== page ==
Kathi did contemplate the “hereafter” and looked forward to being reunited with her father “Mick” and her beloved Long John Baldry—another larger-than-life kook from rock’s great era.  Maybe she’ll chill with Amy Winehouse.  As she would say, “What ev’.” 


Written by John Hanford, who plays with Monster Road (Kathi's latest band), as well as The Bare Roots, and The Wailers, among many others.  He also teaches at the UW.

 


Love for Lind Hornbuckle Donation Fund

?Linda, recently diagnosed with kidney cancer, has taken a sabbatical from work and her band while she undergoes treatment. Portland's rich music community will come together to celebrate, bring hope and joy for Portland's 'soul diva' to show their Love for Linda!

If you are unable to attend the benefit concert on Nov. 11th, this is a way for you to show your support for Linda Hornbuckle, Portland's 'soul diva!' 

CONTRIBUTIONS MADE WILL GO TO THE CASCADE BLUES ASSOCIATIONS MUSICIANS ASSISTANCE FUND ATTN: LOVE FOR LINDA. 

 

https://www.tickettomato.com/event.php?event_id=1623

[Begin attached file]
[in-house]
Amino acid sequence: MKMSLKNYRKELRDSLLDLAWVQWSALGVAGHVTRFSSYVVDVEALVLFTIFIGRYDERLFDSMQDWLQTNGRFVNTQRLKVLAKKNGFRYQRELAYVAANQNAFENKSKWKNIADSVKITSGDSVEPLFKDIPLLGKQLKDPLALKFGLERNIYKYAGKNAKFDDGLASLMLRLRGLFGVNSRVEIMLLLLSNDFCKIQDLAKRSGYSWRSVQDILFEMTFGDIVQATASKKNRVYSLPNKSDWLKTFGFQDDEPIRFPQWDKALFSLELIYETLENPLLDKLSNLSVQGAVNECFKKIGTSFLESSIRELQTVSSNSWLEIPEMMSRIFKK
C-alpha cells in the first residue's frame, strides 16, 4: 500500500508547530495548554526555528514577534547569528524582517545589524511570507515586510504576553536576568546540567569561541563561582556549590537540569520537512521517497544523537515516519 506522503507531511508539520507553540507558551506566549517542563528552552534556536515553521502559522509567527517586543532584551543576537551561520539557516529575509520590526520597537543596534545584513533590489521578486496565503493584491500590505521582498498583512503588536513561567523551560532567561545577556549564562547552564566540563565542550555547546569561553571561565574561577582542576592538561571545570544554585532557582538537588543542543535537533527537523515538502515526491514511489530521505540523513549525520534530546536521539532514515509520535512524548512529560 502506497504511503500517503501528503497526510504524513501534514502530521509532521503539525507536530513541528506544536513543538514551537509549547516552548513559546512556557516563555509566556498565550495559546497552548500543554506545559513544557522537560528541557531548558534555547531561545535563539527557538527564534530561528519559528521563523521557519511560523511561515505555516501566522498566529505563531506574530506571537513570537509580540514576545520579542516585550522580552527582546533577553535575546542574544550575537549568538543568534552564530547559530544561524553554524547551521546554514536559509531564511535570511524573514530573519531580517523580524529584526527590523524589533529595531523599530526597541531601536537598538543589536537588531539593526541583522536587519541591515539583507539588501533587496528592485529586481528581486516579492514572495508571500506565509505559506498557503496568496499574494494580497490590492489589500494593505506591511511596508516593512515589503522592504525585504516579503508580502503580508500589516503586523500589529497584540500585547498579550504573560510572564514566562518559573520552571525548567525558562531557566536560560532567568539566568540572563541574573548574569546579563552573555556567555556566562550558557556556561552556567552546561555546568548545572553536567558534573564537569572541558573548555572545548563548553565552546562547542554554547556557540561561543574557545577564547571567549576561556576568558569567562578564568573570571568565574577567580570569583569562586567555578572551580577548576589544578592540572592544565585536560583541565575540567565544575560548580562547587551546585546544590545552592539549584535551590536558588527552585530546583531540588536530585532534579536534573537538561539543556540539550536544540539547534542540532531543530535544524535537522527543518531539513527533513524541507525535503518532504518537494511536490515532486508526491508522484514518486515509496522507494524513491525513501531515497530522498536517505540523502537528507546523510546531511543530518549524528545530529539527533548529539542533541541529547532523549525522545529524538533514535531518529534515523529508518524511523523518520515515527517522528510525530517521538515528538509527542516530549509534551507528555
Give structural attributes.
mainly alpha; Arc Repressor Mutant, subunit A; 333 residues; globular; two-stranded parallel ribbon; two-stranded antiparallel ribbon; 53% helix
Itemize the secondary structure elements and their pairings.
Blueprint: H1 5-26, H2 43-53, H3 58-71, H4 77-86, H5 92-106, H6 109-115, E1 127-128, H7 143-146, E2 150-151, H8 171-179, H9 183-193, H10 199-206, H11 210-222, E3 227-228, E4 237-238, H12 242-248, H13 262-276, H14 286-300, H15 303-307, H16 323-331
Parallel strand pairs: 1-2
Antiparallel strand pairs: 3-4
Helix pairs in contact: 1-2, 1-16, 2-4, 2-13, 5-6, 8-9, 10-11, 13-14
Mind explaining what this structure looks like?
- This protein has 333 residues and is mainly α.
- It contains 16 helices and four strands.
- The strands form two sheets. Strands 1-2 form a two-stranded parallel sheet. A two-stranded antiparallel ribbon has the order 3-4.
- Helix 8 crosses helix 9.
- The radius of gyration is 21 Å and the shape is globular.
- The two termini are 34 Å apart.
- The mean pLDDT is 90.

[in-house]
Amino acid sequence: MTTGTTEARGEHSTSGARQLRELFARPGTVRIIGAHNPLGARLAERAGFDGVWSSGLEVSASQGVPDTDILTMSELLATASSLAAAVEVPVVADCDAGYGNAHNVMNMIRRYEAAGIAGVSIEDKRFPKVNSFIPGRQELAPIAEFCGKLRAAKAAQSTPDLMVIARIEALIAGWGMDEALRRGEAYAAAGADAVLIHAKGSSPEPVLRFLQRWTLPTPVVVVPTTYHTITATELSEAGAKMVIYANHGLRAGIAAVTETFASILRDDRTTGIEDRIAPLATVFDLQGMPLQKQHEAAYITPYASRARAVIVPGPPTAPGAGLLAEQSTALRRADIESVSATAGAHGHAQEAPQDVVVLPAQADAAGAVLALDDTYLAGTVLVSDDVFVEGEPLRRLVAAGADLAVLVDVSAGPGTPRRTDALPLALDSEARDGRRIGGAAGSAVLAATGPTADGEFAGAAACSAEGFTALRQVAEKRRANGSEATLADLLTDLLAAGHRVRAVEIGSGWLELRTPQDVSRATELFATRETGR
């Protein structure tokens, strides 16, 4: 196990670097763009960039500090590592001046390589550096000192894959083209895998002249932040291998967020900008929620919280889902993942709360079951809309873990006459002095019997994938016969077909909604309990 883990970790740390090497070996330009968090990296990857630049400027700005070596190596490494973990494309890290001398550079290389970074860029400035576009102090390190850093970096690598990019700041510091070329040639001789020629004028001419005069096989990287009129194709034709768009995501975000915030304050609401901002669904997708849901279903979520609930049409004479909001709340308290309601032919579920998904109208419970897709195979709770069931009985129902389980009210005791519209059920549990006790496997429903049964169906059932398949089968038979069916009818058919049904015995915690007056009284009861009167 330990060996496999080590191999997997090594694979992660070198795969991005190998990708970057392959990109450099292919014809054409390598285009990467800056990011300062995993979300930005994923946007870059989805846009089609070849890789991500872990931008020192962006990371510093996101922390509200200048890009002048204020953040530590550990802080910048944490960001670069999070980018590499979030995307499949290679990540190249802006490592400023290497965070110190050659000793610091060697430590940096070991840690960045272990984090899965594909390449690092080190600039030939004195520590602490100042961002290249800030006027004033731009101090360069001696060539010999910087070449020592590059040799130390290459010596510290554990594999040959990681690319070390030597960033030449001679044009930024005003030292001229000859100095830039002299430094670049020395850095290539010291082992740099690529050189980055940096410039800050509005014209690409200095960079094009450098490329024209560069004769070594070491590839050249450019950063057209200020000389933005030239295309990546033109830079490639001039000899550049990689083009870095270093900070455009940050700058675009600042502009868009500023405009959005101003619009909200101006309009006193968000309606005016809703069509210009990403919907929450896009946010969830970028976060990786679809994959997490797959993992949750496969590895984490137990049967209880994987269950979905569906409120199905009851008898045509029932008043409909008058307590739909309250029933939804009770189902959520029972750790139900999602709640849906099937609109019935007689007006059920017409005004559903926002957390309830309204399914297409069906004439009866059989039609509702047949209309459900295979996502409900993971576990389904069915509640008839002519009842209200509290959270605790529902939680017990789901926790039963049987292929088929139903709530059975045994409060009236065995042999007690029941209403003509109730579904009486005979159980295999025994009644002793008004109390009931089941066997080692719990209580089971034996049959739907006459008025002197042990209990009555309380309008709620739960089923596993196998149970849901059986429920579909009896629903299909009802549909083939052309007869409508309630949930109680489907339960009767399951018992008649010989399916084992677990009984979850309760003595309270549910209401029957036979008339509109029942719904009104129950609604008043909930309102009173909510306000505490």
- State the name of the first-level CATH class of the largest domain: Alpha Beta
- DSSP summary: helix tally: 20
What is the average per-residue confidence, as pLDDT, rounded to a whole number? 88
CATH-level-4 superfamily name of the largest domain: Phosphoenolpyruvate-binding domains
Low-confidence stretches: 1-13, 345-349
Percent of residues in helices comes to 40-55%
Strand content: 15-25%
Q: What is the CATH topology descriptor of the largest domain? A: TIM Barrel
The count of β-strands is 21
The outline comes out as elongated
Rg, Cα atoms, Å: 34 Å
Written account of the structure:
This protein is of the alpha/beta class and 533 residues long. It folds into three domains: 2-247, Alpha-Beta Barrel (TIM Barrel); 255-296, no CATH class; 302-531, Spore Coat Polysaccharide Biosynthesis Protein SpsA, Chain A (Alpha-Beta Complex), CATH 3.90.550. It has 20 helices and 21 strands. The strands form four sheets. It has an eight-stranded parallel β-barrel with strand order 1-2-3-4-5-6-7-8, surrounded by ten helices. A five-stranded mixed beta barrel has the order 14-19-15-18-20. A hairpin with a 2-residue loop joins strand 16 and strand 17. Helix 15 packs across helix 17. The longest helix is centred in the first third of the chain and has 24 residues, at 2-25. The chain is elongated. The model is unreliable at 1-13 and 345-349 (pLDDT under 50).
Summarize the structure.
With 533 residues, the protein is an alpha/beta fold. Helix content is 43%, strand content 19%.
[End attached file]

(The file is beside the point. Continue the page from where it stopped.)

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Bruce Conte of Tower of Power is battling leukemia and needs your help. 

Former Tower of Power guitarist Bruce Conte was diagnosed with leukemia a few months ago. Bruce is also an insulin-dependent diabetic and has been dealing with health issues for years. You can help by donating any amount. 100% of the money collected will go to Bruce's medical expenses. There is no generic available, which makes the medication expensive. For now, his condition is responding very well to the medication. Thank you for reading this and please consider helping Bruce Conte. For more information and to donate to help Bruce pay his medical bills, click on this link from the Tower of Power website:  http://www.towerofpower.com/news-and-updates/please_help_bruce_conte_in_his_battle_with_leukemia/


 

Sadly, The Oxford Saloon, featuring live blues in Snohomish has not been able to come out of its financial hole and the current owners gave up tryin’ in late September.

 

 

The Royal Lounge in Olympia is hosting a Wednesday blues night with help from The Sheriff, not to be confused with The Royal Room in Seattle’s Columbia City area with occasional blues nights as well.

 

 

Tim “Too Slim” and Nancy Langford moved from Seattle to Nashville.  Best of luck!  You will both be missed so we expect regular visits.

 

 

The Rock ‘n Roll Hall of Fame Inductee nominees for 2013 include Albert King, The Paul Butterfield Blues Band, The Marvelettes, The Meters, Randy Newman, and the Northwest’s own Heart among others.